As a counselor, I encourage self-care strategies on a routine basis, but how hypocritical am I each time I turn to a cupcake for comfort or vent vehemently? I’ve recently cut sugar out of my diet and this change has caused me to examine how I cope with stress. In fact, I actually have to manage stress, instead of just coping with it. I realized I have some pretty sloppy self-care.
Self-care strategies are activities that help reduce stress without doing any harm to you or others in return. Many times, we cope, we ride out the bad circumstance, waiting for something to change, for the moment to pass, or for instant gratification. Self-care strategies are much more active than coping. Self-care strategies require doing something intentional to change your mood or lower your stress.
It might sound like I’m comparing apples to apples here. Let me give you a visual to make things more clear. If coping is the act of putting one foot in front of the other and continuing forward when stressors are triggered, use of a self-care strategy looks like walking forward on that same path, stopping for a break to acknowledge the stress, rolling out your yoga mat for some downward facing dogs, standing up, and continuing on your way.
Coping is often mindless, it comes naturally, without any thought. For me, coping is a walk to the vending machine for a Snickers or meeting up with a friend for wine and whining. Neither of these actions changes the stressful situation and if anything, may add stress to the situation. Complaining allows me to relive my bad mood, instead of changing it, and a long venting session may negatively effect the mood of whomever I am whining to. Eating sugar causes a spike and crash in blood sugar leading to hormonal changes that in return, physically put your body into a stress state. How’s that for an unintended effect.
Use of a self-care strategy can feel unnatural. These strategies are often part of a list of ideas that we’ve heard work well for stress management, but never actually do when we are stressed. Because self-care strategies are not automatic responses, it’s a good idea to create a list in advance. Keep that list posted somewhere really accessible. If reading emails triggers stress, keep the list near the computer. If emotional eating is your go-to coping mechanism, keep the list on the refrigerator. If smoking a cigarette is how you cope, keep the list in your pack of cigarettes.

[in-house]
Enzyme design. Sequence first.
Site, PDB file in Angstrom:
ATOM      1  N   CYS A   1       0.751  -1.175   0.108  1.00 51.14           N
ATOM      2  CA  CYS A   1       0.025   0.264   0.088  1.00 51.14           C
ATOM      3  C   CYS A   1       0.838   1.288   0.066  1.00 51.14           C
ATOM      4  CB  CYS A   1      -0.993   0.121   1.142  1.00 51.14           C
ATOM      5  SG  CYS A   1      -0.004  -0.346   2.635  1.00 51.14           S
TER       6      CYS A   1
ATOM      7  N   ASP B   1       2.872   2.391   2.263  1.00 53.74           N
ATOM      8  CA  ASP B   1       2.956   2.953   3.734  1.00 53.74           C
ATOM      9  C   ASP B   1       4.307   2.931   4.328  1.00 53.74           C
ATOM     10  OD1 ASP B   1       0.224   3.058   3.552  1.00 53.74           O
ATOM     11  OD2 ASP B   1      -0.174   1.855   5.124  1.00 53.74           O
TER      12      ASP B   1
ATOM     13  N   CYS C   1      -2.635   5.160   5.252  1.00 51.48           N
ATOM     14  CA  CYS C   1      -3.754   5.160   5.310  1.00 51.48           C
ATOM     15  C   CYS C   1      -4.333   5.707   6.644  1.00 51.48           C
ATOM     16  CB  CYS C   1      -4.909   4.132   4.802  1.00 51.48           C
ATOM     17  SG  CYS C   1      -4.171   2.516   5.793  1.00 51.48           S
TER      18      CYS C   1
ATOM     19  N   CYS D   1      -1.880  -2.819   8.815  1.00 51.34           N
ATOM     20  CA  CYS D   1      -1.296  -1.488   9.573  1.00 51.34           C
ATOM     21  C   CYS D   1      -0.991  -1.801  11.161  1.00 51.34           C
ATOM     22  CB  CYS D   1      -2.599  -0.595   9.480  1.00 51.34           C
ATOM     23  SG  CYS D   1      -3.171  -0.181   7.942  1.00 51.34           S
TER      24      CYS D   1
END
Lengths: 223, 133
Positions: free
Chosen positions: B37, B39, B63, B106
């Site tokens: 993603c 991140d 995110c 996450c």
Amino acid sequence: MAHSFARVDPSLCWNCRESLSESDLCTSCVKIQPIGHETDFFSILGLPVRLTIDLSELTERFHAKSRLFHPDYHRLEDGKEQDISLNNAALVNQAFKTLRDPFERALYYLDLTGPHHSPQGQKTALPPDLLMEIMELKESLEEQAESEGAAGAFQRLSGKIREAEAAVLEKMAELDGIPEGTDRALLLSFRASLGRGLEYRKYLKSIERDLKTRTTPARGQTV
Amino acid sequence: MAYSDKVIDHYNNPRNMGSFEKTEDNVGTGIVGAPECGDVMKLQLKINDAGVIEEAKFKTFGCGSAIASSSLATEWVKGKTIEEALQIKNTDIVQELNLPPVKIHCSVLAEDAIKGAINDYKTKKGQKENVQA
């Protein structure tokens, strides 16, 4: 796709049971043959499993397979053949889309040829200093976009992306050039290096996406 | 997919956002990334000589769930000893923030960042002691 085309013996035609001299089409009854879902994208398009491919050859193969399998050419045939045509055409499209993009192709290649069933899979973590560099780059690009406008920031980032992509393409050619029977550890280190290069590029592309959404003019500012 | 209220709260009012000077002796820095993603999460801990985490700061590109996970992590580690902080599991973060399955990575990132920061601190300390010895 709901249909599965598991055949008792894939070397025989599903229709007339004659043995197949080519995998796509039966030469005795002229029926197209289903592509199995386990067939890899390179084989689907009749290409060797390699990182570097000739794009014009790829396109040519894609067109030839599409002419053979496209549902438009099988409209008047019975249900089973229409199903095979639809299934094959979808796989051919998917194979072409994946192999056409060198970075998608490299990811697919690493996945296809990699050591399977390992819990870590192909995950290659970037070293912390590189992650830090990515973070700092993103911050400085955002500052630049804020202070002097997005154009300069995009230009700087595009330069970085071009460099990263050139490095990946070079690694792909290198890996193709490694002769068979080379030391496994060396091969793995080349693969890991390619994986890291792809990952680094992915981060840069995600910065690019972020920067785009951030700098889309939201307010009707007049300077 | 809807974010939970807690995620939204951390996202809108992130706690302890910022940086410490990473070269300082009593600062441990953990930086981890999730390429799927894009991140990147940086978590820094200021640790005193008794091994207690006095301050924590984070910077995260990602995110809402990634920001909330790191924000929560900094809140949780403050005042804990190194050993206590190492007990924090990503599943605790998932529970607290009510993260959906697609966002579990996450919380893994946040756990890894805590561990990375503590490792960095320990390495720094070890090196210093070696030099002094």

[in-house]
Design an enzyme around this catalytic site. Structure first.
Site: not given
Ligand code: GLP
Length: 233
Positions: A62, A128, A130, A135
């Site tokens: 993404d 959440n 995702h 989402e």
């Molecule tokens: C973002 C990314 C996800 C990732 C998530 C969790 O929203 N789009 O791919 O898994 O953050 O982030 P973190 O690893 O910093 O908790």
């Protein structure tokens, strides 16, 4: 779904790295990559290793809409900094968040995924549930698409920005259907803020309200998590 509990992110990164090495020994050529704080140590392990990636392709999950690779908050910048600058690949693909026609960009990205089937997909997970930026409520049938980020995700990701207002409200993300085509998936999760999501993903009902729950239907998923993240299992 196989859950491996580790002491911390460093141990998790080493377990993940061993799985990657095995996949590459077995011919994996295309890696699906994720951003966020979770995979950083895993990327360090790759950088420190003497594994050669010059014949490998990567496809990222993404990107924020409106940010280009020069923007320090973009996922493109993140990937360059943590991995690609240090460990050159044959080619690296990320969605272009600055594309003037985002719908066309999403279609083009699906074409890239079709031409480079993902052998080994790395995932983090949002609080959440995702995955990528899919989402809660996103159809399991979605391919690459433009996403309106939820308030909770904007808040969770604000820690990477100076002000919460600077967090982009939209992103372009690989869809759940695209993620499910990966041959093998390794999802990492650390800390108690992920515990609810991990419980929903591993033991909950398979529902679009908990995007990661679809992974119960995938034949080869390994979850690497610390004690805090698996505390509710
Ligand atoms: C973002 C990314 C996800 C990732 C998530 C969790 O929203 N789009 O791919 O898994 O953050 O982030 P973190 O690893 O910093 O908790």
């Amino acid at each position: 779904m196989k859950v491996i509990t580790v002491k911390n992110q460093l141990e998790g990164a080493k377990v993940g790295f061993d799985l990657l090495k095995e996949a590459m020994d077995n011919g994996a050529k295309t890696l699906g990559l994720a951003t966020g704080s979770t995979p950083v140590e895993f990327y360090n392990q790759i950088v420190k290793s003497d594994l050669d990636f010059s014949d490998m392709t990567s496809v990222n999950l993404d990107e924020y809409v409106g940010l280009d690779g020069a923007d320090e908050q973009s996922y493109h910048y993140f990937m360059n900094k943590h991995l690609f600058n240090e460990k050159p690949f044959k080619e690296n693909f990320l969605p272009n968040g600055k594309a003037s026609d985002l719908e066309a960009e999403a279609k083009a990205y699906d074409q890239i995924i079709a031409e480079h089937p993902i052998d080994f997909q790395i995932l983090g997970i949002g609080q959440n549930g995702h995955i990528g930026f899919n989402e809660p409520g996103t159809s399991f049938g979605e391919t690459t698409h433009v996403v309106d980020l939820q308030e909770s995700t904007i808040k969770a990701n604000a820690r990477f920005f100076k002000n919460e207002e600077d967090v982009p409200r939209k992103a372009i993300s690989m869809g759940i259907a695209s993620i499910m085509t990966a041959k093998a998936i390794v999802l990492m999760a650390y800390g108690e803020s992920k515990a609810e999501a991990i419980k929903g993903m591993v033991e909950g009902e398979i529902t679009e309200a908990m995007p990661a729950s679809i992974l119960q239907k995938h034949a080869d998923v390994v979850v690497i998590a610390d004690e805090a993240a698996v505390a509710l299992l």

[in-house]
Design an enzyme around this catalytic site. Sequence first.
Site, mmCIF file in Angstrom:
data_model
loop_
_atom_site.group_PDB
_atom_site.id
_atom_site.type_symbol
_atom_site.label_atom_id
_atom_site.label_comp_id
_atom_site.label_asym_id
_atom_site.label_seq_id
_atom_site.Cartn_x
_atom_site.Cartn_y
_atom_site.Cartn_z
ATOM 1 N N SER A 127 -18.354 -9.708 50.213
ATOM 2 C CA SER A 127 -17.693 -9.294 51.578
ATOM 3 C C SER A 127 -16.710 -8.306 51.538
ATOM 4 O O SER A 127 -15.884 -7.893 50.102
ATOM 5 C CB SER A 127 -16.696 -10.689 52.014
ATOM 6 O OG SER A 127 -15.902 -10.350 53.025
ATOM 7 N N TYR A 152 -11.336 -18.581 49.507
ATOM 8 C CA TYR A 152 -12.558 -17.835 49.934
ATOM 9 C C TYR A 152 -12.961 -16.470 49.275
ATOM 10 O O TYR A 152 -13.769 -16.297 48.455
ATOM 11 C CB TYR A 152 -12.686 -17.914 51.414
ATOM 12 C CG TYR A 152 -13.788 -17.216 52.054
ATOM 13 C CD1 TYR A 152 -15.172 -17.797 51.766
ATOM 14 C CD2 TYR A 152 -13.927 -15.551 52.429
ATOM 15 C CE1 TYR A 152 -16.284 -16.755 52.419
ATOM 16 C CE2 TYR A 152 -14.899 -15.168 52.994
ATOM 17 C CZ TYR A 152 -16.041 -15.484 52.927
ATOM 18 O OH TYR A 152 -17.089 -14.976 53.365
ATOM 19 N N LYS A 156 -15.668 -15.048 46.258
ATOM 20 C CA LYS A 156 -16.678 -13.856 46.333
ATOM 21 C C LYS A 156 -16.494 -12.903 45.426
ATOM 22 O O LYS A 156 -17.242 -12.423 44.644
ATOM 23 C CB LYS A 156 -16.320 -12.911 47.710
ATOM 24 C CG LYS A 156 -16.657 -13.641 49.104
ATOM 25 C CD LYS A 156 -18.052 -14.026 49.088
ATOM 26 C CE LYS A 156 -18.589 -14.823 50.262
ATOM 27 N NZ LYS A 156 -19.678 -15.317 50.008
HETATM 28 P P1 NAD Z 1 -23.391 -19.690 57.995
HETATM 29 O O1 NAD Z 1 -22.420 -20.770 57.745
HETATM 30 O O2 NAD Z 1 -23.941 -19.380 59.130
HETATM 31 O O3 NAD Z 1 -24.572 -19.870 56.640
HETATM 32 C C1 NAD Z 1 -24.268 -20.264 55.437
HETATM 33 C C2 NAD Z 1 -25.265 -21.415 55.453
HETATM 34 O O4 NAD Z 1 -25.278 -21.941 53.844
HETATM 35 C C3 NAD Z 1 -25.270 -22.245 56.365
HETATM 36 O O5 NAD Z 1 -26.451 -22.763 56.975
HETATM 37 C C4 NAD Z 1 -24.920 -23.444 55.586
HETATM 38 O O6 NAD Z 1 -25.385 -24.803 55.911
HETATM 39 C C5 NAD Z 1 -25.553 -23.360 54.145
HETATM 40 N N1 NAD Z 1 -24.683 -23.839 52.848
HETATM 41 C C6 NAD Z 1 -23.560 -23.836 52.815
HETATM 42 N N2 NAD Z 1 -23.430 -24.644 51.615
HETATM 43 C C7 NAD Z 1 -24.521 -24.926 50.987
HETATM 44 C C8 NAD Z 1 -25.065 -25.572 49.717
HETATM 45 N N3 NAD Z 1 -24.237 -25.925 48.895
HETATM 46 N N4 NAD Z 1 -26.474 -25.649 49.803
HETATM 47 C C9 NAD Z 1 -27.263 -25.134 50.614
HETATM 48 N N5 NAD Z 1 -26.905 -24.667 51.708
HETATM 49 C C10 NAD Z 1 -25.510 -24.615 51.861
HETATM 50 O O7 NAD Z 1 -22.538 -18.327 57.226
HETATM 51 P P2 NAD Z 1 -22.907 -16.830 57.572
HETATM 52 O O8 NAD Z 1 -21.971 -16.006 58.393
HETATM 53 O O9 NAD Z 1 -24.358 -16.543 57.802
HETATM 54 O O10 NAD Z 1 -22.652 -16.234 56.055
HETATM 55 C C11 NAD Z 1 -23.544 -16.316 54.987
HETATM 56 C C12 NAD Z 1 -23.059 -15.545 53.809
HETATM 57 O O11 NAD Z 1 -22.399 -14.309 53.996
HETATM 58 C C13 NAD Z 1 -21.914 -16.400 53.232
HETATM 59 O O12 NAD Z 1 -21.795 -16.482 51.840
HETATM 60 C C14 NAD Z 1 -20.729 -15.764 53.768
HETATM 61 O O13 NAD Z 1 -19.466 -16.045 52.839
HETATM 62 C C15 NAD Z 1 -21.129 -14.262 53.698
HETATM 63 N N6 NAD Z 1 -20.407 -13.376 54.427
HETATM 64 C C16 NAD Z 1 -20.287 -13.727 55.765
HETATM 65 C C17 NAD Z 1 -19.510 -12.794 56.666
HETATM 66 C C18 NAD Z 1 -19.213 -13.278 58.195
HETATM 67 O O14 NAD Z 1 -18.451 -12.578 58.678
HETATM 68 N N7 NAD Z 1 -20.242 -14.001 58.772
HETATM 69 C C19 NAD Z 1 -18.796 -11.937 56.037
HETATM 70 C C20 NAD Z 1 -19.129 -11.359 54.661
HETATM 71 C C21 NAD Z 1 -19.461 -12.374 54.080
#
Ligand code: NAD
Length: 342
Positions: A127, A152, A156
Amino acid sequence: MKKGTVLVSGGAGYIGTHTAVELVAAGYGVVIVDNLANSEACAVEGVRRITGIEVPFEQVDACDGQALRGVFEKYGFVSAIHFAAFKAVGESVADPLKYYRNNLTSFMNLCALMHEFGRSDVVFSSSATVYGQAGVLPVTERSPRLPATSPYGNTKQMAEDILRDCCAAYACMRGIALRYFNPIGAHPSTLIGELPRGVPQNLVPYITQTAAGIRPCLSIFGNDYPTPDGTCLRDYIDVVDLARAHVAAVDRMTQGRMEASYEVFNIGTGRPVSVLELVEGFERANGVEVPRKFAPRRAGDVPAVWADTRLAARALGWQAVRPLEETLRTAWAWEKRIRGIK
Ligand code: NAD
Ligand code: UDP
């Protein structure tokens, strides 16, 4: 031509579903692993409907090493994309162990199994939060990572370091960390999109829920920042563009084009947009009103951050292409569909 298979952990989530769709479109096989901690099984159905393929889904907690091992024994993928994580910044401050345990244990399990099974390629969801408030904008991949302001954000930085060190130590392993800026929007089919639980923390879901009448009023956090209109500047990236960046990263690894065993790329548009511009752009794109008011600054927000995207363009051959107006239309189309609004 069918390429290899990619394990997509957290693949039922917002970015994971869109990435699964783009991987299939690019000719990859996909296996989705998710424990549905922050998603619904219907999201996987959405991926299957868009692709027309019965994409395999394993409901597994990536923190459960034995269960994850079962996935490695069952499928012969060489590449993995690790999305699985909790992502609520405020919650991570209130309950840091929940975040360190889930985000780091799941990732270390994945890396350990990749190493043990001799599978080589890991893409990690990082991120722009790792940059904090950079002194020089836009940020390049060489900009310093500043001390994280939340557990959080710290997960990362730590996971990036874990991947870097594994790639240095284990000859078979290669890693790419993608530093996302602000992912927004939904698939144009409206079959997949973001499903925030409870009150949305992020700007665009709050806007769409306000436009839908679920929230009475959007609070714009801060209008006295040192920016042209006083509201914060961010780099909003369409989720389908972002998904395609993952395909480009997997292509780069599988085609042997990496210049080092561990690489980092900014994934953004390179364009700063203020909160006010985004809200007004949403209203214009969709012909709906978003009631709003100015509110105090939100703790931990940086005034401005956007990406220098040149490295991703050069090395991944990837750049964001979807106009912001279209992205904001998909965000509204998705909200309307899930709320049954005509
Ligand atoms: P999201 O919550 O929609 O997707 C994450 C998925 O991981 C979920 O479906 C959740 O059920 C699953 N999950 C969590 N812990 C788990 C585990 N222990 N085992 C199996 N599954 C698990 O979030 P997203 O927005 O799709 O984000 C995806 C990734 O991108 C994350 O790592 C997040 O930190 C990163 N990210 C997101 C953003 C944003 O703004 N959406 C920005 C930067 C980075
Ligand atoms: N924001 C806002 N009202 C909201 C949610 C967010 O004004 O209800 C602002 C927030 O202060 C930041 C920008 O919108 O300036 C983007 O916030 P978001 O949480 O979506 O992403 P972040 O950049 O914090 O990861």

The items on your list should be personal. Self-care strategies are not one-size fits all. Your list should include activities that are simple and give you joy. A self-care strategy is emotional. The action may evoke a feeling of comfort, it may energize or entertain you, or refocus your mind from the stress. Below is my personal list of 10 self-care strategies. Use them for inspiration to start your own list.
10 Kate-Tested Self-Care Strategies
*Create a list of self-care strategies
*Drink a cup of tea
*Take three slow breaths before a meal, and experience the physical activity that is eating
*Walk for two minutes to get blood flowing
*FaceTime with a baby
*Go outside, even if the weather is horrible, even if it’s only for two minutes; nature is worth it
*Find nature to recharge in, a hike on the weekend, or spend ten minutes on a park bench
*Cuddle with a dog
*Add subtle changes to the work environment with aroma therapy or change the location of my workspace for a different view
*Leave the building on a work break to have a brief change of scenery
Kate N., MS, CEAP, joined Empathia in 2005 as an EAP Counselor, then became a Performance Specialist in 2012. Kate has a master’s degree in Educational Psychology and is devoted to helping individuals determine how to make lasting changes. Prior to joining Empathia, she worked in the social work field as a case manager for Child Protective Services. Kate enjoys baking, yoga and escaping into the woods of Northern Wisconsin.